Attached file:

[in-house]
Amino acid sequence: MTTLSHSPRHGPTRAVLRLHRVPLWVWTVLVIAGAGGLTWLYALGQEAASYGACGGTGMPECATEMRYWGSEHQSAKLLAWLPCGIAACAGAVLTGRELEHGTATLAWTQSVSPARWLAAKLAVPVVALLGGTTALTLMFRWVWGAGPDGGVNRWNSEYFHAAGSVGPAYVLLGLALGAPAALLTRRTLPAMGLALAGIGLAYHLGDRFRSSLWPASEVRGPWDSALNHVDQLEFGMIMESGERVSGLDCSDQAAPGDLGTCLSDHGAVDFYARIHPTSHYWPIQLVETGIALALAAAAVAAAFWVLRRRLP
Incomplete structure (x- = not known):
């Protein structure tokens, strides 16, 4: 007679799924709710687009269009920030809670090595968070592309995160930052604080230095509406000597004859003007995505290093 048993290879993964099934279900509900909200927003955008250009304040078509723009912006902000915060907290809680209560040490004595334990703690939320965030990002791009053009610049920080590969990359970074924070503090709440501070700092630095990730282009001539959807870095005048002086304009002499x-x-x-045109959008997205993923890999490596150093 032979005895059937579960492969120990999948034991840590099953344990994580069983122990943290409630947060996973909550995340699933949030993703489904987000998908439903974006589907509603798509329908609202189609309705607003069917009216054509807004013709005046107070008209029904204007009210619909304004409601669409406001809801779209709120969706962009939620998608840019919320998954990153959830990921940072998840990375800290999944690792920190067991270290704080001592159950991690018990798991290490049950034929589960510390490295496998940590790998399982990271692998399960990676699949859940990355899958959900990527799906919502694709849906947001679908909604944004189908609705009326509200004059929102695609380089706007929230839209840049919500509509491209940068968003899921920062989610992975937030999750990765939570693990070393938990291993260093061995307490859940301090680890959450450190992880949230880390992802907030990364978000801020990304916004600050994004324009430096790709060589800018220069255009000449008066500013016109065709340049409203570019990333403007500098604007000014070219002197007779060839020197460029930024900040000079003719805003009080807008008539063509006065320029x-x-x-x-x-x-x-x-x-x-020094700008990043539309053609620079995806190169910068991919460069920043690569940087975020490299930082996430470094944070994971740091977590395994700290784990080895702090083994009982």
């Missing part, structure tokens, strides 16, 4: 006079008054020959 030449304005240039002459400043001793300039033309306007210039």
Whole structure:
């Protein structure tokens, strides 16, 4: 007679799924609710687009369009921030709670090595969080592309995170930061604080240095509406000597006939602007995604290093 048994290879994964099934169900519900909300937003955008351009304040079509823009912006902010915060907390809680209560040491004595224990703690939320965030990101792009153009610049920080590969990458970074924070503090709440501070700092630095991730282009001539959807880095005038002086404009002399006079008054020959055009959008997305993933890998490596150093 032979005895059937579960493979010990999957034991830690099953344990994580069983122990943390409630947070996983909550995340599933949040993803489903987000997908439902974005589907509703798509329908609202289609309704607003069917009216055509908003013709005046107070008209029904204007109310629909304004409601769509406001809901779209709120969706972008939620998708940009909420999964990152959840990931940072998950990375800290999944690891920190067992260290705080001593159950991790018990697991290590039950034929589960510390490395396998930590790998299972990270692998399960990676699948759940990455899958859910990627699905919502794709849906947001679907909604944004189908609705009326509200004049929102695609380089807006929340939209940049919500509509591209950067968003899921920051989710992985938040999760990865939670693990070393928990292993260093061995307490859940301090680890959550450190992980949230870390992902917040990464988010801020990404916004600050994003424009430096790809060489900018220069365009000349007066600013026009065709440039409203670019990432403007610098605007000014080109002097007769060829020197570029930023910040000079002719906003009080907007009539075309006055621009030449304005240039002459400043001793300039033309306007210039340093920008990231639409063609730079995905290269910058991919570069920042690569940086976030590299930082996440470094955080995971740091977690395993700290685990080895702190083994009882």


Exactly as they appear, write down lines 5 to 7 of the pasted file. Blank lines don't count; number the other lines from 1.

């Missing part, structure tokens, strides 16, 4: 006079008054020959 030449304005240039002459400043001793300039033309306007210039």
Whole structure:
């Protein structure tokens, strides 16, 4: 007679799924609710687009369009921030709670090595969080592309995170930061604080240095509406000597006939602007995604290093 048994290879994964099934169900519900909300937003955008351009304040079509823009912006902010915060907390809680209560040491004595224990703690939320965030990101792009153009610049920080590969990458970074924070503090709440501070700092630095991730282009001539959807880095005038002086404009002399006079008054020959055009959008997305993933890998490596150093 032979005895059937579960493979010990999957034991830690099953344990994580069983122990943390409630947070996983909550995340599933949040993803489903987000997908439902974005589907509703798509329908609202289609309704607003069917009216055509908003013709005046107070008209029904204007109310629909304004409601769509406001809901779209709120969706972008939620998708940009909420999964990152959840990931940072998950990375800290999944690891920190067992260290705080001593159950991790018990697991290590039950034929589960510390490395396998930590790998299972990270692998399960990676699948759940990455899958859910990627699905919502794709849906947001679907909604944004189908609705009326509200004049929102695609380089807006929340939209940049919500509509591209950067968003899921920051989710992985938040999760990865939670693990070393928990292993260093061995307490859940301090680890959550450190992980949230870390992902917040990464988010801020990404916004600050994003424009430096790809060489900018220069365009000349007066600013026009065709440039409203670019990432403007610098605007000014080109002097007769060829020197570029930023910040000079002719906003009080907007009539075309006055621009030449304005240039002459400043001793300039033309306007210039340093920008990231639409063609730079995905290269910058991919570069920042690569940086976030590299930082996440470094955080995971740091977690395993700290685990080895702190083994009882």